What Happens in Vegas

Have you ever awakened to feel that maybe, just maybe, something inside you is on ready to break out of its prison and run wild? We get so caught up in the daily grind of work that we forget to take time to play. Or can't afford to play. Or our obligations prevent us for the glorious indulgence of something as trivial as walking the local shopping mall. We see commercials that ask us if we wanna get away. Our inner child screams hell yeah, but the drill sergeant that keeps us in line, so we go about our mundane lives, working, sleeping, take care of our kids, rinse, repeat.

Brothers in Arms

A pair of brothers, Larry and David, are very close to me. I've known them for over 40 years, which is to say, almost my entire life. When their parents could not afford to pay the gas bill, they could not heat the house in the dead of winter. I talked with my parents, and Larry and David spent the next couple of weeks living in my home. Whenever I converse with someone else, I refer to them as my brothers. Sure, we may not be related in a genetic sense, but it doesn't change what the heart feels. I'd do anything for them. Not long ago, David had an operation on his neck. I was there that weekend to help him and his wife. I intended to be there to do whatever was required: shop for groceries, mow the lawn, or using my chef skills to cook up a mean can of chicken broth. As it turned out, I gave his wife a much-needed break by watching over David so she could shower and run some errands. We're family without all of the complications that come with some families. I'm closer to their family and my wife's family than I am with my own blood-and-flesh family.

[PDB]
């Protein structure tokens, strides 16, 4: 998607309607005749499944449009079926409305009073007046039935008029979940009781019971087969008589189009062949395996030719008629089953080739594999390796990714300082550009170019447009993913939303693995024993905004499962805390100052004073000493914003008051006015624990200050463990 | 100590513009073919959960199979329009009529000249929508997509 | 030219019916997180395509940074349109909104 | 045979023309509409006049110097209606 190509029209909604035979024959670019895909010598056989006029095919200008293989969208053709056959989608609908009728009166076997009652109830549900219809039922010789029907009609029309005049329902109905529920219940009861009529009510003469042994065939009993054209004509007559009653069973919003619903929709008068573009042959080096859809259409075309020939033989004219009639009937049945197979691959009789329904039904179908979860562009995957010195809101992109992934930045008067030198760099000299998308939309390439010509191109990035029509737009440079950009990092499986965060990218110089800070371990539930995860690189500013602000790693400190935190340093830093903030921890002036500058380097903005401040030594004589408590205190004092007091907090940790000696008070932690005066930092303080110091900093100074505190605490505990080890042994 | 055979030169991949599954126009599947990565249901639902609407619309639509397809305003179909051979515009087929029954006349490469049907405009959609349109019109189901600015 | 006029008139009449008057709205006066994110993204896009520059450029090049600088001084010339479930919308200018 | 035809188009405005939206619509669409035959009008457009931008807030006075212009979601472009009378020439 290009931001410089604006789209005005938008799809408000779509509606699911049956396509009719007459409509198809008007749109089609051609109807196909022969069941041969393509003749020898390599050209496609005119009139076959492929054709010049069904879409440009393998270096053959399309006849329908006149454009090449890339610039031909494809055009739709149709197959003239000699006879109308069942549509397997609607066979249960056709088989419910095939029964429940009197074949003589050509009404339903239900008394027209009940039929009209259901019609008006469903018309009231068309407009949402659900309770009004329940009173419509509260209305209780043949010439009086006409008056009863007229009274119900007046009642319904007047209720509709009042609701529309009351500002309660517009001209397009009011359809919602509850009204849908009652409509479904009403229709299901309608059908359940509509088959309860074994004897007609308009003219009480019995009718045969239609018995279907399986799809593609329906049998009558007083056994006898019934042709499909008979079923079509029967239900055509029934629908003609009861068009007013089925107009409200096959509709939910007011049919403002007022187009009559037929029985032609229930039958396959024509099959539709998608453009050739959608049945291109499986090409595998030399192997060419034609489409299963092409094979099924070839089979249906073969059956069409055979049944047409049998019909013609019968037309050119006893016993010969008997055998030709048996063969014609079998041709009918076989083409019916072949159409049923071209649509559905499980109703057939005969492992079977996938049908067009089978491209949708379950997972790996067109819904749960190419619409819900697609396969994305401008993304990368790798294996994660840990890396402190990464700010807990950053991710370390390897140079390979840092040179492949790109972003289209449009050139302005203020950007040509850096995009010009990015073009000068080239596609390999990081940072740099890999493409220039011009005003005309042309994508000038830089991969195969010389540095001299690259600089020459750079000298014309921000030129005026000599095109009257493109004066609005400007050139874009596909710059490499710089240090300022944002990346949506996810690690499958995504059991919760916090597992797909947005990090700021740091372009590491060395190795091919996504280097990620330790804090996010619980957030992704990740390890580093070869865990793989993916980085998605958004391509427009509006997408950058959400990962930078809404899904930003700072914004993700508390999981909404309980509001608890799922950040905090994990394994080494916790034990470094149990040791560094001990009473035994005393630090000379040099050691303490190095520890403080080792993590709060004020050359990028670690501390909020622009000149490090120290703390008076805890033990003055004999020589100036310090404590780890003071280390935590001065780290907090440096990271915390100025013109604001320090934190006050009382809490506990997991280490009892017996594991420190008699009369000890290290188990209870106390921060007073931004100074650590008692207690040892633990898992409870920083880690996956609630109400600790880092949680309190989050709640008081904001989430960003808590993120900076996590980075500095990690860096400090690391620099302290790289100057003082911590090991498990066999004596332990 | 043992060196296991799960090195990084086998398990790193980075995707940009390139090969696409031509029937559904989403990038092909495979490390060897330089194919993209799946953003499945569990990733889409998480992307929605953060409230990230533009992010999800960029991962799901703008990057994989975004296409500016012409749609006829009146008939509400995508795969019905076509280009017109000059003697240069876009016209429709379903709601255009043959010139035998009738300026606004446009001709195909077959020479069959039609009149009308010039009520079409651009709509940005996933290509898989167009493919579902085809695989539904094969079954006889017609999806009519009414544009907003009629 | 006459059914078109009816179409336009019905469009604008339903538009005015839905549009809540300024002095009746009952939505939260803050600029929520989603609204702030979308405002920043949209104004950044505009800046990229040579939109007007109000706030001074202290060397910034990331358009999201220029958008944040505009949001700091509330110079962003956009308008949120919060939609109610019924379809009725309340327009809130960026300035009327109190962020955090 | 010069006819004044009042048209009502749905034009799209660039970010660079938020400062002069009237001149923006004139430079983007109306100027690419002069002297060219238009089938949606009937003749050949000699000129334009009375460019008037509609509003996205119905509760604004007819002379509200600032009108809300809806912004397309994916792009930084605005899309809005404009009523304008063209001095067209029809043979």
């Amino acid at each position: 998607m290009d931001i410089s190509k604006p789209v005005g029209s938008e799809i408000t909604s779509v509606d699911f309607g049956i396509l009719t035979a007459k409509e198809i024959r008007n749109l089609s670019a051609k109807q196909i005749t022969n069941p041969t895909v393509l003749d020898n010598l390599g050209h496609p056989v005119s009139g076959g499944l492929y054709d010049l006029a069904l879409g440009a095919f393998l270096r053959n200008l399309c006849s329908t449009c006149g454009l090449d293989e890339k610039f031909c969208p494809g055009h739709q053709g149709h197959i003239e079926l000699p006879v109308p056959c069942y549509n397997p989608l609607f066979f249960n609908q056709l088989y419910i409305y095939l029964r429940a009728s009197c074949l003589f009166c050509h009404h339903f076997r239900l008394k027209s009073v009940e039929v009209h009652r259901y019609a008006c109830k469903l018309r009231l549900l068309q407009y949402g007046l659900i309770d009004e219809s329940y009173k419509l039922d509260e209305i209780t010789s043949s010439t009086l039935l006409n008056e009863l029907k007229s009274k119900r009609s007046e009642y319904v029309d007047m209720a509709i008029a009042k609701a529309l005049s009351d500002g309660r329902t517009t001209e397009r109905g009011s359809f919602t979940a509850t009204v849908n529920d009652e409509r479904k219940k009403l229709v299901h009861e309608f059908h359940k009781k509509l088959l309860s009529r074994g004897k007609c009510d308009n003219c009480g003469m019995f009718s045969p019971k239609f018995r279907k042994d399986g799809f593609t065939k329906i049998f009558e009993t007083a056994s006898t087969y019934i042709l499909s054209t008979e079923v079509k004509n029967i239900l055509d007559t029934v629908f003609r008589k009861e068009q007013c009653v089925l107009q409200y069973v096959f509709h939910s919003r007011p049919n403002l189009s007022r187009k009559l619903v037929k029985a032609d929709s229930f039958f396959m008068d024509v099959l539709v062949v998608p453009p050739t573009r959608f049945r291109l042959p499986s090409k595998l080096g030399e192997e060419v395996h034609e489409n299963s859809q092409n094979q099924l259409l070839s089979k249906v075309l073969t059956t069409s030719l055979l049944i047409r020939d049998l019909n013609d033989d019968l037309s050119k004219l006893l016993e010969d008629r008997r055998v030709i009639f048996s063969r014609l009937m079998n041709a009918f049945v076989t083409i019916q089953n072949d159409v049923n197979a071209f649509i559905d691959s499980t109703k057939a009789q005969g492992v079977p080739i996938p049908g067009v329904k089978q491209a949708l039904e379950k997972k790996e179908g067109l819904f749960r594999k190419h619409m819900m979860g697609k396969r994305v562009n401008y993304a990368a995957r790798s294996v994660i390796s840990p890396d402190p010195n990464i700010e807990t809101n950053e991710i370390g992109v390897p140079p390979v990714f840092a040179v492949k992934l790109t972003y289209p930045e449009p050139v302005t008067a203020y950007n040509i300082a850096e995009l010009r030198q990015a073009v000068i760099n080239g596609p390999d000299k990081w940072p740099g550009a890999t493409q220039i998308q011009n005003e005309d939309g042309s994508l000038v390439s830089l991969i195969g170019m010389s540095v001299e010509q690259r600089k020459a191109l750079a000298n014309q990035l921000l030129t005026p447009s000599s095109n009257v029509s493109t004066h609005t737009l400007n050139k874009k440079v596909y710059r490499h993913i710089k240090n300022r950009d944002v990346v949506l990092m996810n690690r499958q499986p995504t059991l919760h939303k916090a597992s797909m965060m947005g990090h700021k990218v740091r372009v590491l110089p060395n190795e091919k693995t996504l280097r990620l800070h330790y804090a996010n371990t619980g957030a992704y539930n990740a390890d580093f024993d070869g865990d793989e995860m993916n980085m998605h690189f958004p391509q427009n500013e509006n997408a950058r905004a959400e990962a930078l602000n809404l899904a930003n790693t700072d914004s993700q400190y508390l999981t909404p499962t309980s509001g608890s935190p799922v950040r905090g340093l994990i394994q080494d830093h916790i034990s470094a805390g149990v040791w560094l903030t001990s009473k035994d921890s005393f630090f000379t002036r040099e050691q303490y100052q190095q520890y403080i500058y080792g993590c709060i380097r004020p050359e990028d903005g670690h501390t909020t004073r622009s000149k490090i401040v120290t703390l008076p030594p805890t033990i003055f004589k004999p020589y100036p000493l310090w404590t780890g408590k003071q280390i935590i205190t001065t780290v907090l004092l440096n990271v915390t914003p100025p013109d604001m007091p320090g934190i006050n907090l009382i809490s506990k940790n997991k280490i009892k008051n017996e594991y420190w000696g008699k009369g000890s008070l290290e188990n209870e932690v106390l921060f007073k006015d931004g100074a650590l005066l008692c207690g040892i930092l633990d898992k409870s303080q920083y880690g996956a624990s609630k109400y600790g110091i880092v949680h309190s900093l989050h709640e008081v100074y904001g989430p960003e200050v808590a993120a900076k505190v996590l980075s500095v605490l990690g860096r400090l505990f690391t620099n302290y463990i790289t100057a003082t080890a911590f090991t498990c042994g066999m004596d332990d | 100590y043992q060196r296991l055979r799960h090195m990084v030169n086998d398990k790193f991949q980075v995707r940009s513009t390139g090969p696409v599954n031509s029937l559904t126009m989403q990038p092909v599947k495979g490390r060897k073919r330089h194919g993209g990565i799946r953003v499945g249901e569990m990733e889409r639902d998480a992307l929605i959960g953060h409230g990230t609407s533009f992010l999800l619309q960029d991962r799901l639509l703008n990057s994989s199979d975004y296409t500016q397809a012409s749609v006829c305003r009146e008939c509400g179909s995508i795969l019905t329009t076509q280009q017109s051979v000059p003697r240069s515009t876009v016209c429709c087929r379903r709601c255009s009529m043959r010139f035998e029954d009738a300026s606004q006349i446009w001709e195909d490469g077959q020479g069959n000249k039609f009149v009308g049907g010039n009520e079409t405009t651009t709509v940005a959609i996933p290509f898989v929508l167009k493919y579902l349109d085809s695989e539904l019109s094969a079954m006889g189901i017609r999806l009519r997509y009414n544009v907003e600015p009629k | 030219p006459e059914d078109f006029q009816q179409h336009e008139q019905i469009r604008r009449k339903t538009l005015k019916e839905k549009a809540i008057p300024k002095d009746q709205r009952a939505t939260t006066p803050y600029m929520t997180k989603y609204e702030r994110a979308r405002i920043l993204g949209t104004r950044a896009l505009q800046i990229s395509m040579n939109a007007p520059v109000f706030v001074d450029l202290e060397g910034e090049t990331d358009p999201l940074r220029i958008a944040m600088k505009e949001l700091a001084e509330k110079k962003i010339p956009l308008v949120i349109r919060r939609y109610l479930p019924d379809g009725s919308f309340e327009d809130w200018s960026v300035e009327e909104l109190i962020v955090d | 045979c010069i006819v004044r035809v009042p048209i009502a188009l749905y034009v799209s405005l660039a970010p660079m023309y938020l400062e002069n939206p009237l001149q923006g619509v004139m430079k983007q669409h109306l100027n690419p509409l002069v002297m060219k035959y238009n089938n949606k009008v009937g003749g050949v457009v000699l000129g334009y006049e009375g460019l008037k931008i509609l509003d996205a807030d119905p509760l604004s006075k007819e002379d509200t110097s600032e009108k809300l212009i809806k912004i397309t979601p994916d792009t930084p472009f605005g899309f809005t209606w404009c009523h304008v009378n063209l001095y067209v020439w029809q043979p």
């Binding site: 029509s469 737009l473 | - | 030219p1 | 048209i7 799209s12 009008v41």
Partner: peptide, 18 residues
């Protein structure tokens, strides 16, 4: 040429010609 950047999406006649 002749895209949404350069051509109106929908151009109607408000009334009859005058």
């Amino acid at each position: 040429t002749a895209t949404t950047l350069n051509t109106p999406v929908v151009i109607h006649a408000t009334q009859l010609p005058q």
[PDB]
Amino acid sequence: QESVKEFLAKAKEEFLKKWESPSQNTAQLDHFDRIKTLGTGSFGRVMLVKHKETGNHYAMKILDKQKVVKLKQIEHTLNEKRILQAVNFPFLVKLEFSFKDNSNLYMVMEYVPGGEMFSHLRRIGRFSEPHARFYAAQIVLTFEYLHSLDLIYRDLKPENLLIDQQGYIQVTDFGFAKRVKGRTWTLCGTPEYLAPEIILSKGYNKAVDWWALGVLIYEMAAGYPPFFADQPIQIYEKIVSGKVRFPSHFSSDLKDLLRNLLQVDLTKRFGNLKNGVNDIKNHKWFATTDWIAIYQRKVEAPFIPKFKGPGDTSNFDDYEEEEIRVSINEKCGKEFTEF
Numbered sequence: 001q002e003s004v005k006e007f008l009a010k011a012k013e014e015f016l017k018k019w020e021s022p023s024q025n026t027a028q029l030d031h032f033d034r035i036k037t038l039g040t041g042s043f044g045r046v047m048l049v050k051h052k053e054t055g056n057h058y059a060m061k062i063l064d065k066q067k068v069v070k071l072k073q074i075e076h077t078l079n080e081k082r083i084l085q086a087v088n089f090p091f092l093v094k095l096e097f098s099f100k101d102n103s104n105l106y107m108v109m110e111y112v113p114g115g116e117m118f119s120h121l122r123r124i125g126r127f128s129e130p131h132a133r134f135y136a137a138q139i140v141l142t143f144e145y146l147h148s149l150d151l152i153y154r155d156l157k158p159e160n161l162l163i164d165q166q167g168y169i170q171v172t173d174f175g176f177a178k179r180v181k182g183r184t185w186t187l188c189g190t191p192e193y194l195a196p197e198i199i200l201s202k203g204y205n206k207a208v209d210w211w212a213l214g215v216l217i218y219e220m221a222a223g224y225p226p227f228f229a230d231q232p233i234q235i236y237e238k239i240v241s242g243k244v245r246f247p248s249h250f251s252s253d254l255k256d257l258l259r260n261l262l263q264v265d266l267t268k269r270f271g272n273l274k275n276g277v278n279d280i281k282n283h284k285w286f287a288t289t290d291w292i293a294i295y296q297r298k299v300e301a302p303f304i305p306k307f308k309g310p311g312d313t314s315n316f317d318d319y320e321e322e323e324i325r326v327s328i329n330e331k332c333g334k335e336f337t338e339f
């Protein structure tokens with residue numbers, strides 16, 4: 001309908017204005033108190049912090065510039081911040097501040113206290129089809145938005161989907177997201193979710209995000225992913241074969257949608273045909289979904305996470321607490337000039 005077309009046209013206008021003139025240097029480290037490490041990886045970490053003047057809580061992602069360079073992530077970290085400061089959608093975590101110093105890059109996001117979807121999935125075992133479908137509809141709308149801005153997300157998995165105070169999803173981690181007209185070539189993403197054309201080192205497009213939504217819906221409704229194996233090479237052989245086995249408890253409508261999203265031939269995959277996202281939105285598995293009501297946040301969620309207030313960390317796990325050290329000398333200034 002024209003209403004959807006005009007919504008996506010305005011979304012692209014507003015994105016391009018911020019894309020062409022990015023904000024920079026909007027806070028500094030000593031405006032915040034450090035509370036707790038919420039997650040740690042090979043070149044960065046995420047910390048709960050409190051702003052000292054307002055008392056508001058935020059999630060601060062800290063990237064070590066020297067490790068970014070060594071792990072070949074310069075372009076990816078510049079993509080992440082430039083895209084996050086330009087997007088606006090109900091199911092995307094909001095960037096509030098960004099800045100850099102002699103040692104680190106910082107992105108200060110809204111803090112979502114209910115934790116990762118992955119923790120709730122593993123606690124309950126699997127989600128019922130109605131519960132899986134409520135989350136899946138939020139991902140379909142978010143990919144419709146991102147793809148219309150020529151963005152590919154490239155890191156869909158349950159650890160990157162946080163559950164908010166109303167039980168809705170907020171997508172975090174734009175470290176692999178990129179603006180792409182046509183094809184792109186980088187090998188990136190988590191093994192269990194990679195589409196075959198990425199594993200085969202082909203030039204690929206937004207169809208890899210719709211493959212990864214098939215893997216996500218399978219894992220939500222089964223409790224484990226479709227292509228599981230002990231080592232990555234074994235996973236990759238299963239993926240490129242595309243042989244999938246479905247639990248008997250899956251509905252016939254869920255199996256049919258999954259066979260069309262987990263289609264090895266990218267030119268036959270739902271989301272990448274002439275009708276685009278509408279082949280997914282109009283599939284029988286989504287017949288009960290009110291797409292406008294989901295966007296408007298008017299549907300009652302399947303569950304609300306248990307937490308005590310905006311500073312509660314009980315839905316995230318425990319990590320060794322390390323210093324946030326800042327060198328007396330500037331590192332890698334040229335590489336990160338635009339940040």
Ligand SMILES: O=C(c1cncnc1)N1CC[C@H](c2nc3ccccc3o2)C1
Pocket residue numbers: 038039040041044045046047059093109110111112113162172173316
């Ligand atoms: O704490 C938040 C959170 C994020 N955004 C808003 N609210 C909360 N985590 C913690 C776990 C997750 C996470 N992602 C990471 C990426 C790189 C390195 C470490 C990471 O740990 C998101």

Wanna Get Away

Larry turned fifty this past week. David and I decided to give our big brother a dream birthday. He had always wanted to go to Las Vegas. After David and I got the nod from our wives, we collaborated to make Larry's wish come true. We pooled our money together, and we went to Las Vegas, taking David's son, Adam, and his nephew, Tony, with us. Five guys. No wives. No girlfriends.

The inner child, who had been banging away inside of me like a ferocious caged animal, was given his release for four days in Las Vegas.

Sin City, Here We Come